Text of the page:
Amidst major differences, two important benchmarks are currently on the table for both camps in the Syrian conflict. One is Astana II, a two-day technical conference chaired by regional powers and scheduled to begin in the capital of Kazakhstan today. The other is the United Nations-mandated Geneva process, penciled for February 23.
Astana II will be chaired by Russia, Turkey and Iran and will deal with the implementation of a nationwide ceasefire that had been agreed upon by the three big players last December. The first round of Astana was held late last month, believed to the brainchild of Russian President Vladimir Putin and his Turkish counterpart Recep Tayyip Erdogan. Visibly absent from the Astana process are major stakeholders in the Syrian conflict such as Saudi Arabia, Qatar, France, Britain — and the United States, which was only ceremonially represented in Astana I through the US ambassador to Kazakhstan.
Representing the Syrian opposition then and now are 13 influential rebel groups, headed by 47-year old Mohammad Alloush, commander of the powerful Islamic Army that controls the town of Douma in the Damascus countryside. None of the traditional political figures will be present at Astana II, which has created a major rift between the political opposition and the military groups. The Higher Negotiations Committee (HNC) was furious with Astana I and is equally unhappy with Astana II, namely because it was excluded from the talks but also because Russia is now using the “Astana Communique” as the official terms of reference for the entire political process and contrary to what the HNC desires, this makes no mention of a Transitional Government Body (TGB) that was specifically mentioned in Geneva I, back in 2012, and says nothing about the fate and future of the Syrian president. Instead, Astana focuses on UN Security Council Resolution 2254, which mandates a government of national unity, a new constitution, and early elections, without saying whether they will be presidential or parliamentary in nature. Leaders of the HNC believe that Moscow, Tehran and their former allies in Ankara have purposely sidelined them, with the aim of eventually squeezing them out of the political process and transforming them into advisers to the talks, rather than actual negotiators. After six years of war, these three players seem to have reasoned that it is far better to cut deals with the rebel groups — who are based inside Syria and have thousands of troops under their command, than to continue doing business with foreign-based opposition groups and civilian figures.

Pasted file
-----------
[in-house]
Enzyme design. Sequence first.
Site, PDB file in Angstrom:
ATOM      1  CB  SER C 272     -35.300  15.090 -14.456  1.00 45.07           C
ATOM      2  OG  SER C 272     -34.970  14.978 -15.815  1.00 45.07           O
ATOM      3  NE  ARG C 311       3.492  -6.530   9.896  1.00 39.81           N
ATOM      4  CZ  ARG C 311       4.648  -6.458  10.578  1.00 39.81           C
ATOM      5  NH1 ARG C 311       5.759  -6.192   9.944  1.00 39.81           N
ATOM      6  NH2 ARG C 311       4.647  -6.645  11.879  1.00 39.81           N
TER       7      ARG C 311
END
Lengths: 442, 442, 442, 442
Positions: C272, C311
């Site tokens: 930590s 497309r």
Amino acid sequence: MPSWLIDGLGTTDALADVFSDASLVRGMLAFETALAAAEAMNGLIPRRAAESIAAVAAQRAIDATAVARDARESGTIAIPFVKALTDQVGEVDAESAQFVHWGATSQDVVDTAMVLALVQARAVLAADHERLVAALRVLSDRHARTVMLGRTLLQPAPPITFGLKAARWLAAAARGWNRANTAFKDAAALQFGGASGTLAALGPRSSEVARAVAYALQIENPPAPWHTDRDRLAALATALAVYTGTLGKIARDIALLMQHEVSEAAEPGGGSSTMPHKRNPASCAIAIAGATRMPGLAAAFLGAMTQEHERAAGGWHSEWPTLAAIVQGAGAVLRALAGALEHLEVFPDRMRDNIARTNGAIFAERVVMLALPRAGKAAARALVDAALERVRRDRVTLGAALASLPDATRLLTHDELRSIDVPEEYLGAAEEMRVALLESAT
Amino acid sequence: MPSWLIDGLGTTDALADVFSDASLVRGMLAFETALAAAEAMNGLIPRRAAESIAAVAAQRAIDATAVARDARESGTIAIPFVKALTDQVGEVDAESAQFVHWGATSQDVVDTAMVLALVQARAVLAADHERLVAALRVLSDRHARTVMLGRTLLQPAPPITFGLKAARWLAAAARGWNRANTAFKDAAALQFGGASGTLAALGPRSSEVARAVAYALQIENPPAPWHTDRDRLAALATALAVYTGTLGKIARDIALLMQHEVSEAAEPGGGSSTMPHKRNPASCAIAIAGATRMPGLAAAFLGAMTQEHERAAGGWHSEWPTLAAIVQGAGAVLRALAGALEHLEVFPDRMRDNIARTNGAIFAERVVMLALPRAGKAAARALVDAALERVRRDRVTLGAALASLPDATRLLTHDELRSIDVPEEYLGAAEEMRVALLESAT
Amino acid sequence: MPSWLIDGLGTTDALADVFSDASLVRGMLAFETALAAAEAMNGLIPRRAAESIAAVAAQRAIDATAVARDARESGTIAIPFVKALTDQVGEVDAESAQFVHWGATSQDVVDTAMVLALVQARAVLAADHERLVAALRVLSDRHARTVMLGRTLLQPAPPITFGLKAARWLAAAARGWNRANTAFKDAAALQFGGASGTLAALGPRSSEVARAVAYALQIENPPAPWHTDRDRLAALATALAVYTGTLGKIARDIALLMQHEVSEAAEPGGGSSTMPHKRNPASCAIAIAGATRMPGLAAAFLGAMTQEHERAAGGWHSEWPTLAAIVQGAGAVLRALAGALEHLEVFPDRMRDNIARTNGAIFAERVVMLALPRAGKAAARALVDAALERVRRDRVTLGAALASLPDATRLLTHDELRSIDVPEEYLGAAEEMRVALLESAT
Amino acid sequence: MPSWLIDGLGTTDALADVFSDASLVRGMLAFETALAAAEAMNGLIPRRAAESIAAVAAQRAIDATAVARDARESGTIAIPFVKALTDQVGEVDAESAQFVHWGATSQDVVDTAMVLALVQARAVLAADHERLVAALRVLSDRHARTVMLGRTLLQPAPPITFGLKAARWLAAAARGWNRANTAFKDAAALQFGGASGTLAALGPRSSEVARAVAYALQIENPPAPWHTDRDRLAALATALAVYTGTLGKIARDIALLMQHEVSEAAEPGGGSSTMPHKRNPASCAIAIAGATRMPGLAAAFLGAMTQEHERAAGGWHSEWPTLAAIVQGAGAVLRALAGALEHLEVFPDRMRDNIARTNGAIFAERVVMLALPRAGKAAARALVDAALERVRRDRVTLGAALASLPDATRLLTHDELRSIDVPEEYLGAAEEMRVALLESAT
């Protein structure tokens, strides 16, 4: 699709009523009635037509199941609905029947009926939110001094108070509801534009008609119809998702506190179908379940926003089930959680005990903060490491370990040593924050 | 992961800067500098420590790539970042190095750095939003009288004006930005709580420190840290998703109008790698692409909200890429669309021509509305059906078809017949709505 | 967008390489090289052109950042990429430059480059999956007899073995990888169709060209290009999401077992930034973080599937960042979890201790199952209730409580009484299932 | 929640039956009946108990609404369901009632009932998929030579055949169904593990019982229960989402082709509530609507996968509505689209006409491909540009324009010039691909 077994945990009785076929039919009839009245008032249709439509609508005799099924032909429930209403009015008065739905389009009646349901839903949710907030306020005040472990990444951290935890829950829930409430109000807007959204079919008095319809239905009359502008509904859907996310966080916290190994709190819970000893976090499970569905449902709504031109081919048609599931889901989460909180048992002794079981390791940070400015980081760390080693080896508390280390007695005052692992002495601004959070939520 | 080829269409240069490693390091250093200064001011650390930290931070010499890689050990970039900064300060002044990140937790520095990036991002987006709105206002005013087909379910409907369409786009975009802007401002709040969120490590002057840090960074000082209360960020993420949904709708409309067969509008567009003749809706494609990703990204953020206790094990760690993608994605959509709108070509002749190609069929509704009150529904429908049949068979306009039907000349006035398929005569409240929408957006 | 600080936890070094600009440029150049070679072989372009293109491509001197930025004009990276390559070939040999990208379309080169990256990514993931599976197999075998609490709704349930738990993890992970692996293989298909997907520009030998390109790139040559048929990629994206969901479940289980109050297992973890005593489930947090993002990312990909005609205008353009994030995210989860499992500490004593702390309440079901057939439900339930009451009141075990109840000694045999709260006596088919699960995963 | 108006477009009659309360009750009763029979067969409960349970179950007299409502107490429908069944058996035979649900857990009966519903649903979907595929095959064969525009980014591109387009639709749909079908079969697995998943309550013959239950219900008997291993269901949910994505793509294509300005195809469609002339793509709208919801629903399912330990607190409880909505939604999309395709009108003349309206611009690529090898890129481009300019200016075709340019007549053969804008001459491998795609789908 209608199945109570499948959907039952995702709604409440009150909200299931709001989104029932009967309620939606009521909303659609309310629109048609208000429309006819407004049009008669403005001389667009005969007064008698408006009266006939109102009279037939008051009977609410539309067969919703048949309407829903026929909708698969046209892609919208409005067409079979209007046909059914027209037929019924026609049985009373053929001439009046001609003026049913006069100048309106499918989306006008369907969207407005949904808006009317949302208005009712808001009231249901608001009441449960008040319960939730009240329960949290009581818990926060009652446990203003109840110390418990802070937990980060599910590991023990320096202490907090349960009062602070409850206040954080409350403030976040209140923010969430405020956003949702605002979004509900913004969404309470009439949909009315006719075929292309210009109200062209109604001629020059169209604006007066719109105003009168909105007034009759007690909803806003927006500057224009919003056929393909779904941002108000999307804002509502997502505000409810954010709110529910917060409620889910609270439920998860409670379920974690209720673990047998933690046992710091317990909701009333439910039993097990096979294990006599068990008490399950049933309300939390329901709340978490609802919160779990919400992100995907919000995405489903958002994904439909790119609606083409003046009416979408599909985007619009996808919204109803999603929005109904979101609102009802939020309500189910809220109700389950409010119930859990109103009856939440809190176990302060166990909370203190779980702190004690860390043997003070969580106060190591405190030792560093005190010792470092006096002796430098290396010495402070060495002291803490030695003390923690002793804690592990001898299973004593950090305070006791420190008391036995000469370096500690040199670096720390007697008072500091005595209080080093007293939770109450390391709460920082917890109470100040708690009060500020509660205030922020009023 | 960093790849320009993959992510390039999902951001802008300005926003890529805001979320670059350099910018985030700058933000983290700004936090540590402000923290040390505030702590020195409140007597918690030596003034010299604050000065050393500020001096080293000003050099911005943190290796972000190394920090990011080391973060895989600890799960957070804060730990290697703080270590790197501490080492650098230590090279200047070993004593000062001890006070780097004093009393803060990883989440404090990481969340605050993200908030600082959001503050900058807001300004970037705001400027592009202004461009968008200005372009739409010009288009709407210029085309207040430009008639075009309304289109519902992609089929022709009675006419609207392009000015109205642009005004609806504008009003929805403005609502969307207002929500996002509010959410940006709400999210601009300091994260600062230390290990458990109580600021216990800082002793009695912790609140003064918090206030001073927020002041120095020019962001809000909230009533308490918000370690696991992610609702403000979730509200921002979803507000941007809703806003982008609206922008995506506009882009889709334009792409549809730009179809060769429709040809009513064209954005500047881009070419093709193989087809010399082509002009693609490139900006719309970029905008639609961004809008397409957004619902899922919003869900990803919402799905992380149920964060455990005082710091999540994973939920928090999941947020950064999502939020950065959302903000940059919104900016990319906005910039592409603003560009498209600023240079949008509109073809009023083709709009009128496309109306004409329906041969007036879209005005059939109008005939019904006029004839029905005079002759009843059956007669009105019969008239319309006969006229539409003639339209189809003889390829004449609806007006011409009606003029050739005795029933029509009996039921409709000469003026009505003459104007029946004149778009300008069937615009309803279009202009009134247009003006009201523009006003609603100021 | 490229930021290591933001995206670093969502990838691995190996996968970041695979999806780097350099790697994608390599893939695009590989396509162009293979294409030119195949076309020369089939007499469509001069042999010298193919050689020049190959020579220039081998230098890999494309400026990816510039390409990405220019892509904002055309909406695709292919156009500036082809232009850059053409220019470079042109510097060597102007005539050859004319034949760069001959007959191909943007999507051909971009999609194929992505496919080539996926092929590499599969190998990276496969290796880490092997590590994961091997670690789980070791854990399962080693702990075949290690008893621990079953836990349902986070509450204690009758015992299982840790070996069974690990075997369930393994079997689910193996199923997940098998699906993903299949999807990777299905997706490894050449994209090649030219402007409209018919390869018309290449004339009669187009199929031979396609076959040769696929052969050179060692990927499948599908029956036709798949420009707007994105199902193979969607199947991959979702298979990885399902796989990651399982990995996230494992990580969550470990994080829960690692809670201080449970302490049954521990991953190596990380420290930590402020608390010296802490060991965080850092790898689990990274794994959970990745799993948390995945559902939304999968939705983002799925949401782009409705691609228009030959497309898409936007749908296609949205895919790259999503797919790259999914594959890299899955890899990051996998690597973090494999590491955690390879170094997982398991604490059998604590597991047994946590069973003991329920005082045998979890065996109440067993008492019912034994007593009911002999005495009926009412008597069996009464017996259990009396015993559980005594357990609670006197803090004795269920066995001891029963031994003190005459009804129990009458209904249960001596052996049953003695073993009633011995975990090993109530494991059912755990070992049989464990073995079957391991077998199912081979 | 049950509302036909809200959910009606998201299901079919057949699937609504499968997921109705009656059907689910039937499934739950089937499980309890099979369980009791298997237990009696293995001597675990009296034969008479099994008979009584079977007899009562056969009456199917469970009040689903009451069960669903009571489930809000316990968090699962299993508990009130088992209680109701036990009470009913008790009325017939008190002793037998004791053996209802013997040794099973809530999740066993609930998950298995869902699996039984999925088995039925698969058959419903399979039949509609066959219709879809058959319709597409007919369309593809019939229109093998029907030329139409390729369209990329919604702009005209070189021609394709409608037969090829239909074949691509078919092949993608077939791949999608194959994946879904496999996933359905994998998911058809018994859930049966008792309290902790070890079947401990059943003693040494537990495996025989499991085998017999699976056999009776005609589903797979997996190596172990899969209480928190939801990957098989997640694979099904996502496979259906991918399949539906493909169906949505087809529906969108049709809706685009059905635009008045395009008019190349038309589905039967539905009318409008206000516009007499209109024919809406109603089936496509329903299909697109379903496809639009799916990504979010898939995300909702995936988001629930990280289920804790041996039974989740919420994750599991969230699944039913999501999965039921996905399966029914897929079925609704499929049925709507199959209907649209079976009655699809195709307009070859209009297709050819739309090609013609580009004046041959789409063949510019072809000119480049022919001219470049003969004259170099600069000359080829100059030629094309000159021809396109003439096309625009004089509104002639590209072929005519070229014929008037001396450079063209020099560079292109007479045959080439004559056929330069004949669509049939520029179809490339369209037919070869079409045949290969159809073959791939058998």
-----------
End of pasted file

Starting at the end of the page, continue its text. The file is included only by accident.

Everybody excluded from Astana II will have his eyes trained on Geneva IV. This is the original process, after all, mandated by the UN. It is where the new US Secretary of State, Rex Tillerson, will be present, along with all the countries that were absent in Astana. To find common ground with the Russians ahead of Geneva IV, the HNC has fired defected Syrian army officer Asaad Al Zoubi, who had chaired the first three rounds of Geneva because he was viewed as “anti-Russian” by the Kremlin. Replacing him will be Nasr Al Hariri of the Syrian National Coalition, a 40-year old medical doctor and former deputy in the Syrian parliament for the southern city of Daraa. Mohammad Sabra, an independent lawyer who is close to HNC Chairman Riad Hijab, will replace Mohammad Alloush as “top negotiator”. The HNC has also agreed to expand its delegation to 21-members, giving 11 seats to the civilian politicians and ten to the military groups from both the southern and northern fronts — but only those who did not attend Astana II. In addition to the five core members of the Syrian National Coalition, three figures from the Moscow-backed National Coordination Committee will be present, along with two figures from Russian-backed and Egyptian-backed groups, generally regarded as “soft” opposition that is less radical than their Saudi-backed colleagues. All of them attended previous rounds of Geneva as “advisers” rather than negotiators, and Moscow insisted on putting them on equal footing with the Saudi-backed HNC, to break its hegemony over the political process.
All indicators point to a very bumpy start for both Astana II and Geneva IV. Battlefield developments will determine who controls what in the Syrian chessboard and what that means for negotiators in Astana and Geneva. A multi-pronged race is already underway for Al Raqqa, the self-proclaimed “capital” of Daesh (the self-proclaimed Islamic State of Iraq and the Levant), between Russian and Syrian Armies on one front, the US-backed Syrian Democratic Forces on another, and Erdogan, who is determined not to grant victory to either Damascus or the Kurds. He has set up an all-Arab force of 20,000 tribesmen to push towards the city and now wants to include it within Turkey’s no-fly zone, an ambitious project in which he would like to include the border city of Jarablus (occupied last August by the Turks), Manbij, 30km west of the Euphrates, Azaz, 32km northwest of Aleppo, and Al Bab, a strategic town in the Aleppo governorate, the scene of current advances by Turkish and Syrian troops.
Another major hurdle will be the HNC’s insistence that all negotiators have to abide by its roadmap for Syria, which calls for departure of the Syrian president, saying that he cannot be part of the country’s future, and for the expulsion of all foreign troops, including those of Iran and Hezbullah, from Syria before any transitional period kicks off — two conditions that all the Moscow-backed opposition will refuse to uphold, which may bring down the talks before they even start.
Gulf News (15 February 2017)